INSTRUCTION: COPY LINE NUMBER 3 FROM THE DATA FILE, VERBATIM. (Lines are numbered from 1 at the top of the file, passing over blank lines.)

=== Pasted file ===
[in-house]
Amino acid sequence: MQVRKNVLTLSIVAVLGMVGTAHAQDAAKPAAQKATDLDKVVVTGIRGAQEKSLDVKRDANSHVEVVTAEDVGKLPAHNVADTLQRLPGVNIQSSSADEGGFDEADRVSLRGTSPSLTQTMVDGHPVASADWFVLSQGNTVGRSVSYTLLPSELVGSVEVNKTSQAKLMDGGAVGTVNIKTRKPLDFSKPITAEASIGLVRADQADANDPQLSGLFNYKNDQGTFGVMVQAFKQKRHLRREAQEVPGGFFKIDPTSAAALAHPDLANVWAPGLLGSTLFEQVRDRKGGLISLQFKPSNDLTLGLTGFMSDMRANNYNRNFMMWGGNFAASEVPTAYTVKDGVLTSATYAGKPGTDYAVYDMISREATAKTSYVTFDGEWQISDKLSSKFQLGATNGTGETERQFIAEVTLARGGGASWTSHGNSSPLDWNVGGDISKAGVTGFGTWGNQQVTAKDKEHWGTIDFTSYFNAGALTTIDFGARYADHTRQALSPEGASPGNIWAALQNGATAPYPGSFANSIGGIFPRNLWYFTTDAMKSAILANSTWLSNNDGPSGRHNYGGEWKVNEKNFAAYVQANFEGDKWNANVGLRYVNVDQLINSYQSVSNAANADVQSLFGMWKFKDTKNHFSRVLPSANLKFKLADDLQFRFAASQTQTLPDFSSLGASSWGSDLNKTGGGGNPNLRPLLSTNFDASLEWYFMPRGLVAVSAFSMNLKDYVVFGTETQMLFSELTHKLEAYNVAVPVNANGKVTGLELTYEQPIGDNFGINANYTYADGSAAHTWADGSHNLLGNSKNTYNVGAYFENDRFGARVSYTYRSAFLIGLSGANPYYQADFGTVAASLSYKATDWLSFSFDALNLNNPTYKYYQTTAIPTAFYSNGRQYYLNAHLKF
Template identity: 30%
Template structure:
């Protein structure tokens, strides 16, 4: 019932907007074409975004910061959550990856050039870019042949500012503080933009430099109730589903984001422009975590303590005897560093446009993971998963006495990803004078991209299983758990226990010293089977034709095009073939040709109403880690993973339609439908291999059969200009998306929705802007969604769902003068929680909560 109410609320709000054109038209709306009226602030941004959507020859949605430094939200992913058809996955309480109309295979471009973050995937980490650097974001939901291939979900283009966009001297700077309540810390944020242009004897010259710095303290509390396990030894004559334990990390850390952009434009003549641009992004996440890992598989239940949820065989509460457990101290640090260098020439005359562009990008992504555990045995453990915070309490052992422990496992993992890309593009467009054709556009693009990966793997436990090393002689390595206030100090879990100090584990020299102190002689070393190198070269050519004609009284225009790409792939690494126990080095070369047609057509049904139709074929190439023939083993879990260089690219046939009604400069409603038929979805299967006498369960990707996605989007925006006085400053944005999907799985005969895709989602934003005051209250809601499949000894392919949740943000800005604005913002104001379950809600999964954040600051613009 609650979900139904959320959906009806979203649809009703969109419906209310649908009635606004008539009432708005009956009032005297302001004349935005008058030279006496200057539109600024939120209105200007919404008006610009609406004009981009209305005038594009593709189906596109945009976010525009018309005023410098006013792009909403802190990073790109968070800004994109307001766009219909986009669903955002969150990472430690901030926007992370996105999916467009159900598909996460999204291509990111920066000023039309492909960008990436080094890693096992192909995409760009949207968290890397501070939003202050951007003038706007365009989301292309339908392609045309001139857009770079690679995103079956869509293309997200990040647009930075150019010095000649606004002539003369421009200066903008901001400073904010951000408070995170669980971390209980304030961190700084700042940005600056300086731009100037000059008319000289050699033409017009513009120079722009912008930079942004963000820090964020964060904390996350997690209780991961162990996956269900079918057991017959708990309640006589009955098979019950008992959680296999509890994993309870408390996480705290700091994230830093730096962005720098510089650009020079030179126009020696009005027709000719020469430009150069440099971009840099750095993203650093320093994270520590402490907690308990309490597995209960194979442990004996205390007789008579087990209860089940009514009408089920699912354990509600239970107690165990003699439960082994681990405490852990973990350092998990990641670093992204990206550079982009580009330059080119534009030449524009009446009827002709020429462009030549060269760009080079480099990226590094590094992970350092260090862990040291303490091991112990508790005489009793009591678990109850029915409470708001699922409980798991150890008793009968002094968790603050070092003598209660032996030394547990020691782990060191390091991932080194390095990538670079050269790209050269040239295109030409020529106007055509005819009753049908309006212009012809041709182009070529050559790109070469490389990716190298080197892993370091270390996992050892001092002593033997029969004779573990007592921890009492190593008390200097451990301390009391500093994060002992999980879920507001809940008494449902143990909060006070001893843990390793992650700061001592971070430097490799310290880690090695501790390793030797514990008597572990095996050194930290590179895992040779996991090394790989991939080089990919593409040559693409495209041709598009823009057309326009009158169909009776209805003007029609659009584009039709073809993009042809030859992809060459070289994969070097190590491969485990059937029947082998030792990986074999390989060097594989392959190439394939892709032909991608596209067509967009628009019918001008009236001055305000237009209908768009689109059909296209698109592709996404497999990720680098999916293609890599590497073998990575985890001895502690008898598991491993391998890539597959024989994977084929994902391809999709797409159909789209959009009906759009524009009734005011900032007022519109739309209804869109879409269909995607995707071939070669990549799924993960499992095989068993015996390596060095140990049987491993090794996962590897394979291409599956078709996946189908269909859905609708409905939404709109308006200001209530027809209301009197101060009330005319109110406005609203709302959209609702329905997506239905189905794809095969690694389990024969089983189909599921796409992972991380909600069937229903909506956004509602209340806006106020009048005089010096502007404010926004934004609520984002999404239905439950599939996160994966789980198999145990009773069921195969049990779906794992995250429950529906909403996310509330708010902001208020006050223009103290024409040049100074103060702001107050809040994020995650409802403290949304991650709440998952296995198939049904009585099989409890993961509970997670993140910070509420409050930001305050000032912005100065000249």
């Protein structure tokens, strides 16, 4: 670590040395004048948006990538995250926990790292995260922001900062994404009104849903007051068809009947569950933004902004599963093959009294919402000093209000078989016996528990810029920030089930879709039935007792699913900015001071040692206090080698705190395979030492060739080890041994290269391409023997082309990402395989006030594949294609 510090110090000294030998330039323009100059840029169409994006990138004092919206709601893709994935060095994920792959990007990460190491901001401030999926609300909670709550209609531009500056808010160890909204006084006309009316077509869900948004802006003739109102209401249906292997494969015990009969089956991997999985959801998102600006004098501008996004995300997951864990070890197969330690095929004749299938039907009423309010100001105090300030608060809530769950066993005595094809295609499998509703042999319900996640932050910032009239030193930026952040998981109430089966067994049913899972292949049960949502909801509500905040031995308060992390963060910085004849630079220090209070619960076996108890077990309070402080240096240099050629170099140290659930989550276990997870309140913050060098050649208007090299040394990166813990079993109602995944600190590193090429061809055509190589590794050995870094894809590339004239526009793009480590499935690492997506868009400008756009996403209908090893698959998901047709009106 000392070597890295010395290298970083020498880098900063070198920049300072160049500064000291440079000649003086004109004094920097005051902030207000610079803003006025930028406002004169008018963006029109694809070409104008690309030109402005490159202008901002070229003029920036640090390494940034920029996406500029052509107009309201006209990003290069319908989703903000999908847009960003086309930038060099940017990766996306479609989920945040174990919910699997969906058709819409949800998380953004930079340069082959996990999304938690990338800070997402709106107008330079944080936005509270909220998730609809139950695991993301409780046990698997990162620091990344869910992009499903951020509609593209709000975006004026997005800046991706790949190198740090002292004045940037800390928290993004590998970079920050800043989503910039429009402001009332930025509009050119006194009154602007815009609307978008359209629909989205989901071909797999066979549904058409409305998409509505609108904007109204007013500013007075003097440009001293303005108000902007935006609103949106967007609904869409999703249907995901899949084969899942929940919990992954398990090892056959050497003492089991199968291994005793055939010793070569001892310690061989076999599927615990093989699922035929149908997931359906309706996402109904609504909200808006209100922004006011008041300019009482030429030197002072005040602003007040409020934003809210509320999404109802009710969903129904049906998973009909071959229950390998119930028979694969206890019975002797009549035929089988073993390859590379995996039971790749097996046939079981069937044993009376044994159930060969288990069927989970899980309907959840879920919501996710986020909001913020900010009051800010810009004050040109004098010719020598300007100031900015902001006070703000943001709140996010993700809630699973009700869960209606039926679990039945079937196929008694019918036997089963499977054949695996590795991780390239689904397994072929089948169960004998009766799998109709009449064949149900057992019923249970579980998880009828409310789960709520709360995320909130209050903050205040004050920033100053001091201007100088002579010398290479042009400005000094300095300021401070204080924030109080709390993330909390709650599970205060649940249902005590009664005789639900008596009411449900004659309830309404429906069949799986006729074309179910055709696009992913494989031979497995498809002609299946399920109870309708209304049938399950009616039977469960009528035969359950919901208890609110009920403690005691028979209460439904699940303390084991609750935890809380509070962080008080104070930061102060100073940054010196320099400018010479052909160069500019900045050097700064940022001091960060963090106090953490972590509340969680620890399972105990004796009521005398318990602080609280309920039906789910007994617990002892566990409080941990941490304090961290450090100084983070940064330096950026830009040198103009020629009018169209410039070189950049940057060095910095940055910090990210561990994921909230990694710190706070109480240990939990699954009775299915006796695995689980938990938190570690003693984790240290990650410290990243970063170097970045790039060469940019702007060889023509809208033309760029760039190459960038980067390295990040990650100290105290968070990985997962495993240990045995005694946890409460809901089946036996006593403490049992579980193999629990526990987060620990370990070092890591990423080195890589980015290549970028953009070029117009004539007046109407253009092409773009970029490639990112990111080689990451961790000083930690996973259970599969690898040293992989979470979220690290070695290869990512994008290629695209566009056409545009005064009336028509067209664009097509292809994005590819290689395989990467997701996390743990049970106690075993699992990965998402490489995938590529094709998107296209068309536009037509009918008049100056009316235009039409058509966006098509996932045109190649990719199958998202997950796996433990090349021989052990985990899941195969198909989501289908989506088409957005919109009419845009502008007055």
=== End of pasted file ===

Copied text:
Template identity: 30%